Redington has delivered a breathable zippered wader that costs half of what such a model used to. Other amenities include micro-fleece-lined hand-warmer pockets, a design built to not to catch on oars, gravel guards with shoelace hooks, and a D-ring at center back to hang your net.
Things to Consider Before Buying Fishing Waders
Style of Waders
Stockingfoot waders are just that and require separate wading boots. Because they fit your feet well and provide ankle support, they provide sure-footedness wherever you wade. Many anglers prefer stocking foot waders for one important reason: Wading boots offer much better support and comfort compared to boot-foot waders. They feel and look like hiking boots, make long treks to the water more pleasant, and wading stony riverbeds safer. While you’ll have to buy wading boots, the additional cost is well worth the additional sure-footedness.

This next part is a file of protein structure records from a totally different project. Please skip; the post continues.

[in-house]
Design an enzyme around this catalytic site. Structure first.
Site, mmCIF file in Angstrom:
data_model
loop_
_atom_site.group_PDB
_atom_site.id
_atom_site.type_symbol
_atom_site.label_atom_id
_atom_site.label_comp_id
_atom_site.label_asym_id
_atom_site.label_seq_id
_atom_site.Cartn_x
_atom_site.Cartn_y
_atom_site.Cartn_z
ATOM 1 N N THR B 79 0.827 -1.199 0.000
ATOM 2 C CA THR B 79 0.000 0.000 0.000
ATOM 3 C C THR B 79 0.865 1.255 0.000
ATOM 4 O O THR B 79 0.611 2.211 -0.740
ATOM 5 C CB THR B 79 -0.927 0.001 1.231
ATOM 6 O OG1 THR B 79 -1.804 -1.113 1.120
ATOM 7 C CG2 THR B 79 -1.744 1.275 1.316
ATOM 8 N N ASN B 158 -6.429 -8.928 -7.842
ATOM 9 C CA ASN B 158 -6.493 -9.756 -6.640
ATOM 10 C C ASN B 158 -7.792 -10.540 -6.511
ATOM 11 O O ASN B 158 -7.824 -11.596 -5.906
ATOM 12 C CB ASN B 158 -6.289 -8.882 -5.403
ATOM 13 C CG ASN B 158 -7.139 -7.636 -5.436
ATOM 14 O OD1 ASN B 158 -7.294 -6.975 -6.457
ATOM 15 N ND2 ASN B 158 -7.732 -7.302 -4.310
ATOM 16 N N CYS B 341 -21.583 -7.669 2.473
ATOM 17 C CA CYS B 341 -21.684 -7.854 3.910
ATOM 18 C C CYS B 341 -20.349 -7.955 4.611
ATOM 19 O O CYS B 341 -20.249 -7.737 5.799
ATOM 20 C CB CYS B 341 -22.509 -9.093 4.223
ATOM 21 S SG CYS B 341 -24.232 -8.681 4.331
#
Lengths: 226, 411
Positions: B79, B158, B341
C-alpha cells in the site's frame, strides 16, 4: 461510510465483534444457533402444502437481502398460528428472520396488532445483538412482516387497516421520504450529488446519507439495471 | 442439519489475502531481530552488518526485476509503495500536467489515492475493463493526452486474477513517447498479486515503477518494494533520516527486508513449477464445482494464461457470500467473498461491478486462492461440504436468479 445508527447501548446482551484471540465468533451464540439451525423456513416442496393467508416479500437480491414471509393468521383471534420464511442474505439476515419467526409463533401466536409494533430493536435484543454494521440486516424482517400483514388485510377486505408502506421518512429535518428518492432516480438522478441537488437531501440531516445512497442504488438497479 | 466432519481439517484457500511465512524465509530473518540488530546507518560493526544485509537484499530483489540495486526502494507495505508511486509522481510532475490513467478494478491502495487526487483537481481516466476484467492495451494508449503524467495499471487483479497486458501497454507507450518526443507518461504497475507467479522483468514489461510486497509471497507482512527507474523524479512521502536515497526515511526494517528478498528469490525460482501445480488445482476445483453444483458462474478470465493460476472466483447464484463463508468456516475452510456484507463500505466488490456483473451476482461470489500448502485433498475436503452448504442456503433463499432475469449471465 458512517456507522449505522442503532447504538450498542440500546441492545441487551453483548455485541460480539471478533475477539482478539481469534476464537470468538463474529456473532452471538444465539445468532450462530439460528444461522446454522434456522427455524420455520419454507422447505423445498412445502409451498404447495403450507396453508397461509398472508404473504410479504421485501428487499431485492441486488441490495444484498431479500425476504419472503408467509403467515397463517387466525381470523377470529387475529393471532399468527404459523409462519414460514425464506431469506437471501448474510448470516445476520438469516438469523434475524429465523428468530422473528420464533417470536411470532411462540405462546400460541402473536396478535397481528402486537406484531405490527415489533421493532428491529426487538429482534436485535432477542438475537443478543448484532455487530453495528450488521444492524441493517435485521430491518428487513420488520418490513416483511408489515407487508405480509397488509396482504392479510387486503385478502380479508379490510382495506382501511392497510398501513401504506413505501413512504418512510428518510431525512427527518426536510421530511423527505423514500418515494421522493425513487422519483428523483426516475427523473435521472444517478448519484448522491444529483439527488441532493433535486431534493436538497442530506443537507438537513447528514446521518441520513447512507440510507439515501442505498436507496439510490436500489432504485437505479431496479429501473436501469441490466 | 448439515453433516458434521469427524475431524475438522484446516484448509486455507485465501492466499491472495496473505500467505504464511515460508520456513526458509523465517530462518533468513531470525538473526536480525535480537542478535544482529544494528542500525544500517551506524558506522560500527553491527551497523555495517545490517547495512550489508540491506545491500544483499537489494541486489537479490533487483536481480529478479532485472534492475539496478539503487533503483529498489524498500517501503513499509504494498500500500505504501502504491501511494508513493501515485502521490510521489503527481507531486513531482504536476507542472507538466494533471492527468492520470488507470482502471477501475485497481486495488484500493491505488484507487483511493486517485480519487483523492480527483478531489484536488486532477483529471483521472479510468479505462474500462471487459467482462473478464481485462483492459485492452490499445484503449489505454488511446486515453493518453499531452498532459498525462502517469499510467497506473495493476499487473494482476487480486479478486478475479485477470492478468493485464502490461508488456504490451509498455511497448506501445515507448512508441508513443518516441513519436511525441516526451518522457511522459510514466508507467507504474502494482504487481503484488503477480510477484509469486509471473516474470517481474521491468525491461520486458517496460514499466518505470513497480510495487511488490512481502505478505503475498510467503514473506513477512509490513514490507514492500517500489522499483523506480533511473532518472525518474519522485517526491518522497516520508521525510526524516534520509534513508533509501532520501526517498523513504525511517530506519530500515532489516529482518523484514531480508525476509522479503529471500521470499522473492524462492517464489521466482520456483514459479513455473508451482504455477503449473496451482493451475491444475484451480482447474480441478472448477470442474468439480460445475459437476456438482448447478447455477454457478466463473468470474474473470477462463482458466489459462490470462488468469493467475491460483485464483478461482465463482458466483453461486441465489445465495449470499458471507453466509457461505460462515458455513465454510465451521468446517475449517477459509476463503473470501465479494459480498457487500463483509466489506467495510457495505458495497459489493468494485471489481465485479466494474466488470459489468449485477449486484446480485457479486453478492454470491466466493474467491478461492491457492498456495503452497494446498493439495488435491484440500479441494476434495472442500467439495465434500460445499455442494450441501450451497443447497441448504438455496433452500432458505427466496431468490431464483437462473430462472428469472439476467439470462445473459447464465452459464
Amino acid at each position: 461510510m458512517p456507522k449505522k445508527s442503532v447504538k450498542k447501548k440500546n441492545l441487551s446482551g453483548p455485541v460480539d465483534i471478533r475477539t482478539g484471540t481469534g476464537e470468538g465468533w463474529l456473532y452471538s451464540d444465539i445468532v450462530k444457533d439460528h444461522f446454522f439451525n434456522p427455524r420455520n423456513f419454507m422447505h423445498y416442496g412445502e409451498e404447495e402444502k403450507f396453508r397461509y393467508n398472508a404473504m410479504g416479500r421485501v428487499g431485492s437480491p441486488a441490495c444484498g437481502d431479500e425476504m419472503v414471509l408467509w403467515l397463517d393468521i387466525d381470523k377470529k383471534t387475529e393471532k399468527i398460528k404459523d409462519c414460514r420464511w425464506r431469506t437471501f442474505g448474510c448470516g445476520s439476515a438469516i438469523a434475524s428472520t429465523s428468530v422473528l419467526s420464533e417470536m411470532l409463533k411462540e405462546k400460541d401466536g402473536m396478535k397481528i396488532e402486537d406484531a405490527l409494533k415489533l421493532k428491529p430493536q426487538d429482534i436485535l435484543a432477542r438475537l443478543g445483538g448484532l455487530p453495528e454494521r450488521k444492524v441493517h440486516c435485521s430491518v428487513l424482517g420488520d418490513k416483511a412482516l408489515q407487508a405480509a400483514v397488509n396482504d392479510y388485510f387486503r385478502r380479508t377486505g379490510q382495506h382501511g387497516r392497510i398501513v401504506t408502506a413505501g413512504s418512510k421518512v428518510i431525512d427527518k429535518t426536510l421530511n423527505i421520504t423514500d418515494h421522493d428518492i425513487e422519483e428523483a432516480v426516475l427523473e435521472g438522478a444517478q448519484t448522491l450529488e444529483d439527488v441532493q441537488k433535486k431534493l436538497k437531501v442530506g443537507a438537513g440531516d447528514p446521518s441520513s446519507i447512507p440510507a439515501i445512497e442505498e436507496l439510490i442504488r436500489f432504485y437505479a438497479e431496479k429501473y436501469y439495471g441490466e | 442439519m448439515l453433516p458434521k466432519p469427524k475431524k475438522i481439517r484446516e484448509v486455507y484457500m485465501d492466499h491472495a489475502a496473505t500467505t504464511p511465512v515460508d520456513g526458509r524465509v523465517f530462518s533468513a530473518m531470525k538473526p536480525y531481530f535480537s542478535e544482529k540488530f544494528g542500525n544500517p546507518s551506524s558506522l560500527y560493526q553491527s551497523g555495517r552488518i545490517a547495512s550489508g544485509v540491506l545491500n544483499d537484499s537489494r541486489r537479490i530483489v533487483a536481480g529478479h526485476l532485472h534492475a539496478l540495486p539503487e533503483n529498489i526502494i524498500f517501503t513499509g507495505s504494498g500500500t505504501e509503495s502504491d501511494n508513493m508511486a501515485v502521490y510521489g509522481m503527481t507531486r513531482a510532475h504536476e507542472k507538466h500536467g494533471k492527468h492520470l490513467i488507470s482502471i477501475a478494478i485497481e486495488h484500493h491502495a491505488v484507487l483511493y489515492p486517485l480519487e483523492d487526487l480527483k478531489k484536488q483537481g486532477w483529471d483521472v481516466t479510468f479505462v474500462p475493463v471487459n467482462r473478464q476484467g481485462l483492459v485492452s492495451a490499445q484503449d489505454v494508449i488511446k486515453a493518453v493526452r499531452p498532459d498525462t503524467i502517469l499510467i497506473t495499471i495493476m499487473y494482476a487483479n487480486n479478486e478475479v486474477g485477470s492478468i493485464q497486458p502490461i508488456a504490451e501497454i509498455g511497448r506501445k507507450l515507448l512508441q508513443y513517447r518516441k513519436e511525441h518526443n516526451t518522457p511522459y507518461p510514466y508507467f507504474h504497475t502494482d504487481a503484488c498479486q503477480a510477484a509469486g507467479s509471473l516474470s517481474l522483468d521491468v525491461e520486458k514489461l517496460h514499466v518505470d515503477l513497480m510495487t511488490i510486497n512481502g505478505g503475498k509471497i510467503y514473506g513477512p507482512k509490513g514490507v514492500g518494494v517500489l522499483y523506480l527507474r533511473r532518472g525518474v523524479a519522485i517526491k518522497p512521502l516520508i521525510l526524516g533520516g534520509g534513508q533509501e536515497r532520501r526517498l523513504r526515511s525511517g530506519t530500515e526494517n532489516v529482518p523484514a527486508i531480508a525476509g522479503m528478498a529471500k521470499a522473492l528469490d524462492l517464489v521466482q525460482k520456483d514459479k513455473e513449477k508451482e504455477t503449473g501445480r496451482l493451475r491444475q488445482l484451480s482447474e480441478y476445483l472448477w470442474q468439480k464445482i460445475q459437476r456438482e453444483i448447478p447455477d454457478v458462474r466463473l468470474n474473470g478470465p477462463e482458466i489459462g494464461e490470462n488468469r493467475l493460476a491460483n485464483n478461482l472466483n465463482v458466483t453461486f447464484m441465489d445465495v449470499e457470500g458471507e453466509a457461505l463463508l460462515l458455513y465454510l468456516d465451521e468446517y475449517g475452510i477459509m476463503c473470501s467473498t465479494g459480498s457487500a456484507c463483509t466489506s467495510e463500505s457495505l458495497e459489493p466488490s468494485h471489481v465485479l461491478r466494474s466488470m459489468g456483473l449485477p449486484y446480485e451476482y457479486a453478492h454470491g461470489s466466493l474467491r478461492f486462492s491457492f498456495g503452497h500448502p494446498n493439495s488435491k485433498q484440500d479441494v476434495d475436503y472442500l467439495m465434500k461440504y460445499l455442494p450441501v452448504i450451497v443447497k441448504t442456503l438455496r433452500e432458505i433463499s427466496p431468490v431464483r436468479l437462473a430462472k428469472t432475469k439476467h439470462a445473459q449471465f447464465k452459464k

Bootfoot waders are the traditional wader style. These are easier to put on and take off, don’t require separate wading shoes, but tend to have a looser foot fit than stockingfoot waders.
Breathable waders are very comfortable, while neoprene waders keep you warm in cold water. Some waders have flies—a decided advantage for men when nature calls.
It’s possible to buy a pair of chest waders for around 30 bucks, but it’s probably not a good idea. Clothes that will keep you dry for hours while standing in rushing water cost a fair amount to design and make, and you can’t really expect decent quality waders for that price. But you can spend less than $100 and get no-frills waders that fit comfortably and don’t leak.